dependent on him for support, including one child with a serious illness. After reviewing the record and considering the sentencing factors set forth in 18 U.S.C. § 3553(a), the court imposed a sentence of 210 months of imprisonment for each count, each term to run concurrently, and 5 years of supervised release. The court discussed its obligation to "fashion a sentence that is appropriate for the individual, takes into consideration the nature of the offense, the need for punishment to discourage others, . . . [and] that is not disparate with others." Id. at 23. The court also noted that after considering all of the circumstances, the sentence it imposed was at the low end of the Guidelines range. II. DISCUSSION Pursuant to the Supreme Court's decision in United States v. Booker, the Sentencing Guidelines are no longer mandatory. 543 U.S. 220, 264, 125 S. Ct. 738, 767 (2005). Although the Guidelines are merely advisory, a district court must calculate the advisory sentencing range correctly and must consider it when determining a defendant's sentence. United States v. Crawford, 407 F.3d 1174, 1178-79 (11th Cir. 2005). Booker does not alter our previously established standards of review of the district court's interpretation of the Guidelines. See id. We review a district court's "factual determinations and subsequent denial of `safety valve' relief for clear error." United States v. Camacho, 261 F.3d 1071,
1073 (11th Cir. 2001). The district court's application of the Guidelines is reviewed de novo. United States v. Garcia, 405 F.3d 1260, 1274 (11th Cir. 2005) (per curiam). "A defendant has the burden of proving his eligibility for relief under U.S.S.G. § 5C1.2." United States v. Cruz, 106 F.3d 1553, 1557 (11th Cir. 1997). When a sentence is imposed as the result of an erroneous interpretation of the Sentencing Guidelines, harmless error analysis is applied. Williams v. United States, 503 U.S. 193, 203, 112 S. Ct. 1112, 1120-21 (1992) (applying Federal Rule of Criminal Procedure 52(a)). Remand is unnecessary if the party defending the sentence persuades the appellate court that the district court would have imposed the same sentence absent the erroneous factor. Id. The Sentencing Guidelines provide for a two-level reduction in the offense level for certain drug-related crimes if the defendant meets five criteria as set forth in U.S.S.G. § 5C1.2(a) and 18 U.S.C. § 3553(f). U.S.S.G. § 2D1.1(b)(7). To qualify for an offense level reduction under the "safety-valve" provision of the Sentencing Guidelines, the defendant must show: (1) he does not have more than one criminal history point; (2) he did not use violence or possess a firearm or other dangerous weapon during the offense; (3) death or serious bodily injury did not occur to any person as a result of the offense; (4) he was not an "organizer, leader, manager, or supervisor of others in the offense" and not engaged in a continuing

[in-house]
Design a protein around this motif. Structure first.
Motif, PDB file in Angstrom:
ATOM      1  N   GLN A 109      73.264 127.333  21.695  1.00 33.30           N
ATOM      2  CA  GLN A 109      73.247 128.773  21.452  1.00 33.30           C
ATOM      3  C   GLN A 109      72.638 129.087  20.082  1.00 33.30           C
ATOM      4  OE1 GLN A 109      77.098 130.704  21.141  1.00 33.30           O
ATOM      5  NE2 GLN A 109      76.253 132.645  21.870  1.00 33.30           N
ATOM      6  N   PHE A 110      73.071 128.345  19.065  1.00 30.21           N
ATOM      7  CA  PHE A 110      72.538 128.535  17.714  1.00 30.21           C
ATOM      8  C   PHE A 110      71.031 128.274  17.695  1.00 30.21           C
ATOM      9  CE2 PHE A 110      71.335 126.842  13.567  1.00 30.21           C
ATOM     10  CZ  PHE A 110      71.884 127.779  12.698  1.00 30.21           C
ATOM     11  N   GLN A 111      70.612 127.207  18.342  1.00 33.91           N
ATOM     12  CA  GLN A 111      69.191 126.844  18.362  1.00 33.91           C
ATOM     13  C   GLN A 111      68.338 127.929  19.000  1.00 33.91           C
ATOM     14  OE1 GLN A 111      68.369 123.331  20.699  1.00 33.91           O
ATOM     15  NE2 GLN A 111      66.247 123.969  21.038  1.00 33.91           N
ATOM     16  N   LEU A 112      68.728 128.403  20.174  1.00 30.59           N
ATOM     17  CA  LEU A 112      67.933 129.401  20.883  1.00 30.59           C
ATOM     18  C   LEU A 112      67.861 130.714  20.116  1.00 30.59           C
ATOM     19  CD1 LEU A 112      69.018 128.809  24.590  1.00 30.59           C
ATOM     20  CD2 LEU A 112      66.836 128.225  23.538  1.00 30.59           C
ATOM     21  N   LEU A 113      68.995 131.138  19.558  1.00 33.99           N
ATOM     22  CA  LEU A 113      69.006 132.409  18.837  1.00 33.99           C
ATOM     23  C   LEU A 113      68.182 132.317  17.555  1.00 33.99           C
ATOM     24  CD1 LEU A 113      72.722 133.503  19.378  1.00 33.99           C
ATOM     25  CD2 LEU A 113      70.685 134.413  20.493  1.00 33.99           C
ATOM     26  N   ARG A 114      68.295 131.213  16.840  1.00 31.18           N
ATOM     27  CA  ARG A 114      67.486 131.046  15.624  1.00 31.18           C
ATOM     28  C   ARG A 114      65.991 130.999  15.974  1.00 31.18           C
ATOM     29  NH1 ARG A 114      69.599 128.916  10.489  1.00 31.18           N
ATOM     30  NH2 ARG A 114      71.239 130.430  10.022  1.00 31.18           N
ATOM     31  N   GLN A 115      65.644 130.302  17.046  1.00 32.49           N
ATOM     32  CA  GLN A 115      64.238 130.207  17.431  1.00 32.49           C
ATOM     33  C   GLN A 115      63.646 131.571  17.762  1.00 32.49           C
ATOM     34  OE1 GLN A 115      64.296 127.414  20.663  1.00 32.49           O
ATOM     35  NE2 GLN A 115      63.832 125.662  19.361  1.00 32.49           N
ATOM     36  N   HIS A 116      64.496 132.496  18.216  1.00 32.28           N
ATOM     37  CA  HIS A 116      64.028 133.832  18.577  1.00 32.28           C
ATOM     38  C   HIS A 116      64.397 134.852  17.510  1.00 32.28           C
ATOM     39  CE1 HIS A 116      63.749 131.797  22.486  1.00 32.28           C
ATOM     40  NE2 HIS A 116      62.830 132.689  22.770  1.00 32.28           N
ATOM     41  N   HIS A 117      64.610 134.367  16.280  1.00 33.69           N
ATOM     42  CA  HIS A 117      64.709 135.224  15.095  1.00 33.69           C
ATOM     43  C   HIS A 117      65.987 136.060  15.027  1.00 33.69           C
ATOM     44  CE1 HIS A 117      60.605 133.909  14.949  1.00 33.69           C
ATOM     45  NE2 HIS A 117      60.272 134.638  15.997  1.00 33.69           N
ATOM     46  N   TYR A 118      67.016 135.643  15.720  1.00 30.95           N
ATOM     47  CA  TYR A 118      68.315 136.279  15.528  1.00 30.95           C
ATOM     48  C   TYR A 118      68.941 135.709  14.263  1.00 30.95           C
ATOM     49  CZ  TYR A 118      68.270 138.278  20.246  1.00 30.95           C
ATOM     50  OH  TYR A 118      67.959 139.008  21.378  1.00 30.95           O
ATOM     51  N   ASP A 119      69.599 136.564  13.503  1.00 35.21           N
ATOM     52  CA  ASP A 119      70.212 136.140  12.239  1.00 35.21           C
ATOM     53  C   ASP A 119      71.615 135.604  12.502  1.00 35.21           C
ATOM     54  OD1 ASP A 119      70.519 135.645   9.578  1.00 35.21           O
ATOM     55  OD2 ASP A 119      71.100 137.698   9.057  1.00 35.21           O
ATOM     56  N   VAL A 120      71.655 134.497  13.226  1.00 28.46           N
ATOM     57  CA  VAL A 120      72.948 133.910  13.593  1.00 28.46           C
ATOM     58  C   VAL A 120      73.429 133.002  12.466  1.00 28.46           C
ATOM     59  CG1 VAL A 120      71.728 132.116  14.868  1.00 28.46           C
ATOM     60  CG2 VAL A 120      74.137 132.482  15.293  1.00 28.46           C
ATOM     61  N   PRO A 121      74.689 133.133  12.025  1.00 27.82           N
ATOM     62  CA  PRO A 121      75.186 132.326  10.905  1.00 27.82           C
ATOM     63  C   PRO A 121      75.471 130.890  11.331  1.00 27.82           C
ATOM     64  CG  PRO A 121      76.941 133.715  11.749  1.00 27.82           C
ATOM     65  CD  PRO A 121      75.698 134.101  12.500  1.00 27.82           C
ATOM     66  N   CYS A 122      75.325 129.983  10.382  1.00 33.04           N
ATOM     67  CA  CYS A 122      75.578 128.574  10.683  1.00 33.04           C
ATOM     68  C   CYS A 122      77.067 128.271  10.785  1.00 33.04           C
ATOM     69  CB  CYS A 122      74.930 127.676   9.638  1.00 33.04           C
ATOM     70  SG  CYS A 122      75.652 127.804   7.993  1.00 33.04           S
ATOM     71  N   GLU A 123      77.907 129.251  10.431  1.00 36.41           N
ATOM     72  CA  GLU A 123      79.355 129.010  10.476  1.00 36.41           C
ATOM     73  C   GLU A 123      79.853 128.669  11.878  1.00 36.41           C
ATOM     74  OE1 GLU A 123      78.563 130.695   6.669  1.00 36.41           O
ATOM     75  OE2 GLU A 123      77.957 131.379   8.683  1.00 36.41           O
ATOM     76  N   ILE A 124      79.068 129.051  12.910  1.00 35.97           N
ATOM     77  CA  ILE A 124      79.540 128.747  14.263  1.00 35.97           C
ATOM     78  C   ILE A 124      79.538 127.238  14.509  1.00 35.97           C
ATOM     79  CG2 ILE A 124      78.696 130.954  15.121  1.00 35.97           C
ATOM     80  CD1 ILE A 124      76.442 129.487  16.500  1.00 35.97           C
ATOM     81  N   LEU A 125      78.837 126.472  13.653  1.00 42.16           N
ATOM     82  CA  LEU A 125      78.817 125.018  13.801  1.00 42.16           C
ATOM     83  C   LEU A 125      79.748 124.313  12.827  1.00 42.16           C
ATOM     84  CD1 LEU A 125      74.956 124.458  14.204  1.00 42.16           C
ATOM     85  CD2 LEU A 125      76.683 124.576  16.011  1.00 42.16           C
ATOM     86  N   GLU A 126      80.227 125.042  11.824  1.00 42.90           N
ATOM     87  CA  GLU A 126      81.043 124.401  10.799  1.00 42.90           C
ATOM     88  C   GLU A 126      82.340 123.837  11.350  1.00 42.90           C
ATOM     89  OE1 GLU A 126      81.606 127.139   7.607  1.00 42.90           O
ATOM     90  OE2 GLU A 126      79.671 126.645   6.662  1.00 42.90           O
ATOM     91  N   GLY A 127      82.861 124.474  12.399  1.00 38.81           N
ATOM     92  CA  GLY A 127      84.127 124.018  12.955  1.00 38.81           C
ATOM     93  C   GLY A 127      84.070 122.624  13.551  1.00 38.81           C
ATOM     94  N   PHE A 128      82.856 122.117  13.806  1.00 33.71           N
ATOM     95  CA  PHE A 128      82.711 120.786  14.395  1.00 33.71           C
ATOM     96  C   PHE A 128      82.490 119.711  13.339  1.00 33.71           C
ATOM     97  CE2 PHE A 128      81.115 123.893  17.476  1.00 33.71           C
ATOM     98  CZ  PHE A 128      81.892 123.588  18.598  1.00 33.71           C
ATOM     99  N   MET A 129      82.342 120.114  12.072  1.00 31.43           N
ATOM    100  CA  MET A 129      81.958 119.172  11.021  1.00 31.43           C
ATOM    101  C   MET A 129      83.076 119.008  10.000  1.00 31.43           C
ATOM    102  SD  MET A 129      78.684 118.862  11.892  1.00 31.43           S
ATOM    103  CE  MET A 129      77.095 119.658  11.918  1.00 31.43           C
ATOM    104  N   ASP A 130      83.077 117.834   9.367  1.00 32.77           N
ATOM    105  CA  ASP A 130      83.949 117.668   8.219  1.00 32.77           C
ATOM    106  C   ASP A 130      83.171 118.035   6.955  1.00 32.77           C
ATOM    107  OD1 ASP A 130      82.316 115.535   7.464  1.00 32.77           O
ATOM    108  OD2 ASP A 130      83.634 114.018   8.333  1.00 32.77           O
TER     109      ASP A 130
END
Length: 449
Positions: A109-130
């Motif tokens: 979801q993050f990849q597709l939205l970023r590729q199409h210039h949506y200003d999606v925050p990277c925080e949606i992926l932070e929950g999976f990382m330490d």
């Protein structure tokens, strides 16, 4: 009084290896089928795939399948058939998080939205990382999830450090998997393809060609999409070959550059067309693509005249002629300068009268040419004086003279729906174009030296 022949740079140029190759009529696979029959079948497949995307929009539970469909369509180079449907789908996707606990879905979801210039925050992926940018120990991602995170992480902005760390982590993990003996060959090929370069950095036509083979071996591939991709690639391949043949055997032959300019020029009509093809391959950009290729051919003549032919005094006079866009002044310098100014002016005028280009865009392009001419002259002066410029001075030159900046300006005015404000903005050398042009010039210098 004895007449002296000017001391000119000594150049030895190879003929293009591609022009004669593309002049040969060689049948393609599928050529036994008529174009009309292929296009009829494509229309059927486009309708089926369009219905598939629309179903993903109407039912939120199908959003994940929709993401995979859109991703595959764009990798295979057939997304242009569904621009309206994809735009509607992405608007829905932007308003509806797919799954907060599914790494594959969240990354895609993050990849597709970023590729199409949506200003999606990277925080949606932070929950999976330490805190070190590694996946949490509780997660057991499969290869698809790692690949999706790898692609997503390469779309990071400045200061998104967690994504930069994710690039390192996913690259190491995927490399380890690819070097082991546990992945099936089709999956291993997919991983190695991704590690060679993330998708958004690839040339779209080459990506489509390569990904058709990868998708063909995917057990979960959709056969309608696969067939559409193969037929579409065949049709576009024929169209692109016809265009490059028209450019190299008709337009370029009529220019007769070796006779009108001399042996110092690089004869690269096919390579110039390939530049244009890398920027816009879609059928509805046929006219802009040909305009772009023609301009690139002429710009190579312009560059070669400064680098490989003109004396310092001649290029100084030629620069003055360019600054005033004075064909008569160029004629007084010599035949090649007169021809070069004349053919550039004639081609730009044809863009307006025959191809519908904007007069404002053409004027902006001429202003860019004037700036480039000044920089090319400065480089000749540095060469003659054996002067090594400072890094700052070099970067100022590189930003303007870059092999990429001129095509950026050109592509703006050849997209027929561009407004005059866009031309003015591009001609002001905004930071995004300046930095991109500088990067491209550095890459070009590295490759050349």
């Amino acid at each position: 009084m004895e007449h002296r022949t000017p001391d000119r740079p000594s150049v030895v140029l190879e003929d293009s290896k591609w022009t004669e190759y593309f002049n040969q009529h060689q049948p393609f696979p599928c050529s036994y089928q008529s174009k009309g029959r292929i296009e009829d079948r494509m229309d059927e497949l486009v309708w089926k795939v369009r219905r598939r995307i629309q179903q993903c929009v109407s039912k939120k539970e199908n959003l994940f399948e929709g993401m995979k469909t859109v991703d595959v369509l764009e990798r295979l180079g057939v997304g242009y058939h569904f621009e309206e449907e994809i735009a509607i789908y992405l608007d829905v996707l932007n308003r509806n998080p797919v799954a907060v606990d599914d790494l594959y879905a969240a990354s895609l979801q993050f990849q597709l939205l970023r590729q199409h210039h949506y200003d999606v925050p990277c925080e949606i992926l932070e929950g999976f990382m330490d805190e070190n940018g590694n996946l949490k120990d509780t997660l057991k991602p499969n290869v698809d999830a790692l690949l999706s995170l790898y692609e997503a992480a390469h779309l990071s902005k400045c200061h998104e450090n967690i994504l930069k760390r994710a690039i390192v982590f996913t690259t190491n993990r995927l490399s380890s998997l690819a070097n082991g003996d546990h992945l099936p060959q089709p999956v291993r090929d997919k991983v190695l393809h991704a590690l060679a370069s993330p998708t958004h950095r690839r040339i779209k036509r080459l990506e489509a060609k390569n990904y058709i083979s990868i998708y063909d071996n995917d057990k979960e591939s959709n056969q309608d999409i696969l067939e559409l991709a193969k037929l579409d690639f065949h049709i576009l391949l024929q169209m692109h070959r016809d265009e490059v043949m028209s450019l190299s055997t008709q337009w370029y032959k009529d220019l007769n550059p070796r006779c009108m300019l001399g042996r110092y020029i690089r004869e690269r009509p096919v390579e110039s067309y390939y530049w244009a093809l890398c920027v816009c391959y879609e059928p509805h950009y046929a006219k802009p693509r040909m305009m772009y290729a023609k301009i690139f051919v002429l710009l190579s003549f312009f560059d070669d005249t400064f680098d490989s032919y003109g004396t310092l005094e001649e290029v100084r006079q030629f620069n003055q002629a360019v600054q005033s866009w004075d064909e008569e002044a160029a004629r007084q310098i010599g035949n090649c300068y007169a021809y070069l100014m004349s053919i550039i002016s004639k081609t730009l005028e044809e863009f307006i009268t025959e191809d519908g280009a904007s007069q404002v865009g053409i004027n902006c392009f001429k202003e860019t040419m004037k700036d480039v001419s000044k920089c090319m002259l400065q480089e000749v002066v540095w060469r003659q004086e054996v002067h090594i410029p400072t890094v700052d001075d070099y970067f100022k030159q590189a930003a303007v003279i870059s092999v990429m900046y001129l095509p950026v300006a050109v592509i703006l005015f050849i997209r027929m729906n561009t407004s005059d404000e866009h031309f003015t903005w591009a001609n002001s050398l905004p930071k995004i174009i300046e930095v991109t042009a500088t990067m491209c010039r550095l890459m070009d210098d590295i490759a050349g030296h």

criminal enterprise; (5) he must truthfully provide the government with all information and evidence he has concerning the offense. 18 U.S.C. § 3553(f); U.S.S.G. § 5C1.2(a). The record supports and the parties do not dispute that Suarez O'Neill meets the first four criteria. The point of contention lies with the fifth factor under § 5C1.2(a). The fifth factor of the "safety-valve" is a "tell-all" provision. Under this provision, "the defendant has an affirmative responsibility to `truthfully disclose to the government all information and evidence that he has about the offense and all relevant conduct.'" United States v. Johnson, 375 F.3d 1300, 1302 (11th Cir. 2004) (per curiam). However, it is the responsibility of the district court to determine the truthfulness of the information the defendant provided to the government. United States v. Espinosa, 172 F.3d 795, 797 (11th Cir. 1999) (per curiam). Here, the district court erred when it deferred to the government's position at sentencing by concluding that without the government's recommendation it could not find that the defendant was eligible. See R3 at 21-22; see also Espinosa, 172 F.3d at 797. Nevertheless, the district court's error was harmless because Suarez O'Neill failed to satisfy his burden to establish his eligibility for "safety-valve" relief. See Cruz, 106 F.3d at 1557; see also Williams, 503 U.S. at 203, 112 S. Ct.
at 1120-21. The record confirms that Suarez O'Neill failed to provide the district court with a sufficient evidentiary basis to grant "safety-valve" relief. More specifically, all Suarez O'Neill offered, through his attorney, was a comment to the district court that he had spoken with government agents on two occasions, and that he and the government had a difference in opinion on whether he was forthright and truthful during those discussions. See R3 at 20-22. After that comment, Suarez O'Neill appeared satisfied to let the district court decide the issue and provided no additional evidence of his eligibility. Id. III. CONCLUSION Because Suarez O'Neill failed to present sufficient evidence to establish that he qualified for "safety-valve" relief, we conclude that the district court's deference to the government's position at sentencing was not reversible error. AFFIRMED.
Disclaimer: Justia Dockets & Filings provides public litigation records from the federal appellate and district courts. These filings and docket sheets should not be considered findings of fact or liability, nor do they necessarily reflect the view of Justia.
Why Is My Information Online?